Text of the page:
EU Arctic Footprint - Final Expert Workshop
The EU has taken a first step towards reducing its environmental impacts on the Arctic region by investigating EU-driven pressures on the Arctic. Vice President of the European Parliament, Diana Wallis, Iceland's Senior Arctic Official, Greta Gunnarsdottir and Nicholas Hanley, Head of the International Relations and Enlargement Unit for DG Environment welcomed over 60 experts from government and civil society in Brussels to discuss the implications of a new report, the EU Arctic Footprint and Policy Assessment, which shows that the EU is already addressing many Arctic environmental challenges, but that certain new and growing impacts must be addressed, both through EU and multilateral efforts.
Climate change is predicted to bring significant changes in the Arctic, potentially creating new opportunities in the fisheries, shipping, tourism and energy sectors. However, threats to biodiversity and local communities are also likely to increase due to warming and increasing levels of pollutants in the Arctic, such as black carbon, mercury and POPs. New economic development could also present environmental challenges, including oil spills and habitat loss.
During the conference, representatives of the EU, Member States, and Arctic countries as well as members of the scientific community considered the EU's potential role in assisting adaptation in the Arctic. Many stressed the need for facilitating a controlled transition to a new Arctic paradigm.
"The EU is an important stakeholder in managing the growing pressures in the Arctic. As a major importer of Arctic goods and a significant contributor to Arctic pollution, the EU has a critical contribution to make as Arctic states and neighbouring countries deal with both the costs and potential economic benefits as a result of climate change," said Hanley.
The EU Arctic Footprint and Policy Assessment identifies a range of policy pathways, including stronger EU environmental laws, increased cooperation through multilateral agreements and international leadership, through which the EU can assist in managing Arctic pressures. The report also used a novel method for calculating one region's environmental footprint on another, devising a scorecard which shows how much the EU contributes to various Arctic pressures, such as transboundary pollution, tourism, demand for oil and gas, and fish imports. The report describes both market-based instruments and regulatory options for reducing many of the potential impacts from these economic sectors.
Representatives of the Arctic Council indicated that the EU is encouraged to reduce EU-driven impacts, and that this can be a tool for more cooperative action between the EU and Arctic states. Nikolaj Bock from the European Environment Agency stated, "Arctic States and EU Member States can and should work more closely together to address transboundary environmental challenges. There are several areas where information sharing and coordination of related programs could be enhanced, and the European Environment Agency greatly supports the efforts of establishing a Sustained Arctic Observing Network and have much knowledge and experience to share from the European Environment Information and Observation Network in which five of the Arctic states already cooperate on common environmental challenges. Improved coordination on collection, dissemination and use of data and information will better guide decision makers through assessments and outlooks on the Arctic environment."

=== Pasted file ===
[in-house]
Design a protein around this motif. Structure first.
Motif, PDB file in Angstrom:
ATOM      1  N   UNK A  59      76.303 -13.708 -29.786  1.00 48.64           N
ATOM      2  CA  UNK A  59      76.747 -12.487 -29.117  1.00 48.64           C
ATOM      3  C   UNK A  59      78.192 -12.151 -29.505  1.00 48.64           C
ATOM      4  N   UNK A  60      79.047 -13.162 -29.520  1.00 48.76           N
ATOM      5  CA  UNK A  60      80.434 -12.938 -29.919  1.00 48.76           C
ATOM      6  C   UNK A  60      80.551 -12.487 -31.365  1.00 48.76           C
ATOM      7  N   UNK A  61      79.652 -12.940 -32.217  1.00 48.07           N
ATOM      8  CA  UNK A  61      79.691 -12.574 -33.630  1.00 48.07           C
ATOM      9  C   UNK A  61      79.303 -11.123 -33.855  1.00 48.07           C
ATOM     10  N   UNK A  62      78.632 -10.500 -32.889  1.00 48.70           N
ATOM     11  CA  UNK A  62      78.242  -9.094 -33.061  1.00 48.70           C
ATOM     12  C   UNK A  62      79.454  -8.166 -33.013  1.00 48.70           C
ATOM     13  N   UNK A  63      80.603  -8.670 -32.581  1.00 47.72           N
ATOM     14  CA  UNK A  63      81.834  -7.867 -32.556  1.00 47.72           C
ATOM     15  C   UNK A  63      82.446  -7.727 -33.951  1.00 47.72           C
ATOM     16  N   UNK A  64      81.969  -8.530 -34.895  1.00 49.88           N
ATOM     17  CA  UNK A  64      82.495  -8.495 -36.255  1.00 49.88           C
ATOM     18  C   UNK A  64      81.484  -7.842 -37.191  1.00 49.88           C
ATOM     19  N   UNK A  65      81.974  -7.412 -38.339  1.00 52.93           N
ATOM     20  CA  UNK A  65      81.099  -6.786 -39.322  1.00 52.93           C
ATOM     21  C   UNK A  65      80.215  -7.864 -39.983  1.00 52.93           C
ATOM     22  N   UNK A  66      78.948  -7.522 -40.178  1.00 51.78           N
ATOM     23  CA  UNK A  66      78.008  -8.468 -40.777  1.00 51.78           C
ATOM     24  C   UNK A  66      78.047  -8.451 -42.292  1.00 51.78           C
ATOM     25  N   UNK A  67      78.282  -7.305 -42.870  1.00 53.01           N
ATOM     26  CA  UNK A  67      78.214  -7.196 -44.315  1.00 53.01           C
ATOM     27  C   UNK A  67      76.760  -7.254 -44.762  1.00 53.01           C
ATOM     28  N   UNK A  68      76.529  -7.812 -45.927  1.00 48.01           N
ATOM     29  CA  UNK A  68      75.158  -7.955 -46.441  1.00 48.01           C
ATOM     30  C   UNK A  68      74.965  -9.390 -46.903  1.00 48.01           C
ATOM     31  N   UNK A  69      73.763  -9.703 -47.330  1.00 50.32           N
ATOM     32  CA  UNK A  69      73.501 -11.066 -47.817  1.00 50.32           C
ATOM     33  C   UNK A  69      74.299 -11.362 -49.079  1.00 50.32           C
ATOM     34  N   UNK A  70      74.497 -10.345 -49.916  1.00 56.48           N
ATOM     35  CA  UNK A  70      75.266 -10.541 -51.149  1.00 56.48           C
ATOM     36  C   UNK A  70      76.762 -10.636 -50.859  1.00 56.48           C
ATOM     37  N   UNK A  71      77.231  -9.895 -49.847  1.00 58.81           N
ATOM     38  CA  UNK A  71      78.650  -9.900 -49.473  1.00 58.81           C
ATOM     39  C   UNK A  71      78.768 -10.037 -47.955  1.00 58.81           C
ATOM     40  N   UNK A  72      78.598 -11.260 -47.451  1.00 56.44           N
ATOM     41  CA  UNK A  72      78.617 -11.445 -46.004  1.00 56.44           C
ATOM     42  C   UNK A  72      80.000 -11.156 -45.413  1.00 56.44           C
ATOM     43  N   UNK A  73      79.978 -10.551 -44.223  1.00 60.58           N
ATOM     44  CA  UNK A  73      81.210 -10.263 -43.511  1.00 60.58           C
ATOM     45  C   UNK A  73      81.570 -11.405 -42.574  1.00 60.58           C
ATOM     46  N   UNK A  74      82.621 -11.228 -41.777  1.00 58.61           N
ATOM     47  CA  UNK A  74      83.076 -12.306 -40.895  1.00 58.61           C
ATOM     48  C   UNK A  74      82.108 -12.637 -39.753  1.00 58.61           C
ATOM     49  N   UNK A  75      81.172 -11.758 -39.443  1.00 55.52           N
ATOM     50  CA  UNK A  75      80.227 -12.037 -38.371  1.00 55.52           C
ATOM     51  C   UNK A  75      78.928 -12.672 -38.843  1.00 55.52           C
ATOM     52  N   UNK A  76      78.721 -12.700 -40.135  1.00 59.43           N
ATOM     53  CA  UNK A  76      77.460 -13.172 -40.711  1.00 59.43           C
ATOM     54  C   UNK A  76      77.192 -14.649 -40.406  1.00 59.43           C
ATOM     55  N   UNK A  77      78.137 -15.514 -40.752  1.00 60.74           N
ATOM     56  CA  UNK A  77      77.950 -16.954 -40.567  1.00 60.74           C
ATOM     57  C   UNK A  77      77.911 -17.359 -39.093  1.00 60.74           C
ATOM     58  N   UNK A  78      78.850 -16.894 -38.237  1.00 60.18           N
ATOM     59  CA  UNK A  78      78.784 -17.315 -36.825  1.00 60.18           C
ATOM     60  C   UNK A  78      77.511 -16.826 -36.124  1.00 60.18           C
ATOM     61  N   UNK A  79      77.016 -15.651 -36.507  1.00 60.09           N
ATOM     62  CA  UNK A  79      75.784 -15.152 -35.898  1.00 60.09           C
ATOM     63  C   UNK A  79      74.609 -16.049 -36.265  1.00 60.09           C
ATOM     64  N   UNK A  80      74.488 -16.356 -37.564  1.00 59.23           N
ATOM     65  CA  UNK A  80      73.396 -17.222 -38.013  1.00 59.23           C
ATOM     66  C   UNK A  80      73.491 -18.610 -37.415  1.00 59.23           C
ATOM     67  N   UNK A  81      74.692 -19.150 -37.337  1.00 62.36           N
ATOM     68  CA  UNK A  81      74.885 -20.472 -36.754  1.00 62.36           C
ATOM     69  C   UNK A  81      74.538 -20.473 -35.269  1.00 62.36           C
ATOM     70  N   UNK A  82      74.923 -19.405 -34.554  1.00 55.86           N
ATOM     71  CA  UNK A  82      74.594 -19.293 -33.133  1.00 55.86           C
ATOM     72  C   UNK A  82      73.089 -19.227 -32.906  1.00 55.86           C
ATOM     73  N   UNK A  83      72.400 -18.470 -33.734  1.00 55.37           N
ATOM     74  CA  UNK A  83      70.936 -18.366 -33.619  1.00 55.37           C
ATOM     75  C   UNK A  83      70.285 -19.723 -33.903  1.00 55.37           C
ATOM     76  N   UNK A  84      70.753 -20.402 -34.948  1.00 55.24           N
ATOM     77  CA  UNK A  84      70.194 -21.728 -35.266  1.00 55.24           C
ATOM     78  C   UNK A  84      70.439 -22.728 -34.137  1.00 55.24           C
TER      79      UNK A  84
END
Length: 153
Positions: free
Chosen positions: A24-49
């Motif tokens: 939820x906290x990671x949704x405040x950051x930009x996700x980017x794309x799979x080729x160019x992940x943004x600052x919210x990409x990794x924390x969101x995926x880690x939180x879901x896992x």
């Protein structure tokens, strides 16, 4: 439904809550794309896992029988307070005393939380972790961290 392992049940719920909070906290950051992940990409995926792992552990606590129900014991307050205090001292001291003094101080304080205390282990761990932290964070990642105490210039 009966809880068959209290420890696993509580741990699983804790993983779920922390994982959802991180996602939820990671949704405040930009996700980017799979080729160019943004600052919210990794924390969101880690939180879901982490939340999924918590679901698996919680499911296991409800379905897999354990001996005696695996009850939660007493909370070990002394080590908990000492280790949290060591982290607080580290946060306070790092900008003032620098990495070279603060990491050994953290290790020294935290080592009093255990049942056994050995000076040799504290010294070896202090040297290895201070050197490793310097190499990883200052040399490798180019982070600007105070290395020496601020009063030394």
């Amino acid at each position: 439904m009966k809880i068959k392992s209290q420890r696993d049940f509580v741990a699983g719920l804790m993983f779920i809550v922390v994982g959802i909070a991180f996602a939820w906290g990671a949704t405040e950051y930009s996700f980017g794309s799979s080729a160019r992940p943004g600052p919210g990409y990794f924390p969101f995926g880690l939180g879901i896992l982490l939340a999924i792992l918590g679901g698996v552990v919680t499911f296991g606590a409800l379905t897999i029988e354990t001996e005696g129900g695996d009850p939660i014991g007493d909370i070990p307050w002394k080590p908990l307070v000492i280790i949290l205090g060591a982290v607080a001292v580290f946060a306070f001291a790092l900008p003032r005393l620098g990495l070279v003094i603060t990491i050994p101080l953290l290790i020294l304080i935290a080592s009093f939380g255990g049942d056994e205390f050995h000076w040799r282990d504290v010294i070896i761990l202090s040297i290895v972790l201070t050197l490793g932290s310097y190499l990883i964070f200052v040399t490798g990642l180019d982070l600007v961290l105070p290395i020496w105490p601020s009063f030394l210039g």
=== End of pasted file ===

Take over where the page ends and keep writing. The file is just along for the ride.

EU representatives also encourage greater cooperation, including through harmonising Arctic guidelines for shipping and oil extraction to ensure that safety and environmental protection are prioritised even as new opportunities in these industries arise. "Binding international rules are necessary to ensure that what happened in the Gulf of Mexico this summer does not happen in the Arctic, where mitigation would likely be much more difficult and clean-up costs higher," emphasised Vice President of the European Parliament, Diana Wallis.
The EU Arctic Footprint and Policy Assessment is another step towards a comprehensive EU policy strategy for addressing challenges in the Arctic. In 2009, the EU Council adopted the "Council conclusions on Arctic issues", emphasising the need for gradual formulation of a policy on Arctic issues to address EU interests and responsibilities in the region. According to the Council, the EU policy on Arctic issues should: effectively mitigate climate change to preserve the unique characteristics of the Arctic region; reinforce multilateral governance through effective implementation of international, regional, bi-lateral agreements, frameworks and arrangements; enhance measures of international conventions, such as UNCLOS and other relevant international instruments; formulate and implement EU actions and policy, taking into consideration the sensitivities of ecosystems as well as the needs and rights of Arctic residents; and maintain the Arctic as an area of peace and stability and highlight the need for responsible, sustainable and cautious actions, particularly in the area of resource extraction.
This conference is the final event of the "EU Arctic Footprint and Policy Assessment" project, which was funded by the European Commission's Directorate General Environment in order to continue the process of indentifying EU policy strategies for reducing pressures on the Arctic and preparing for new opportunities and challenges.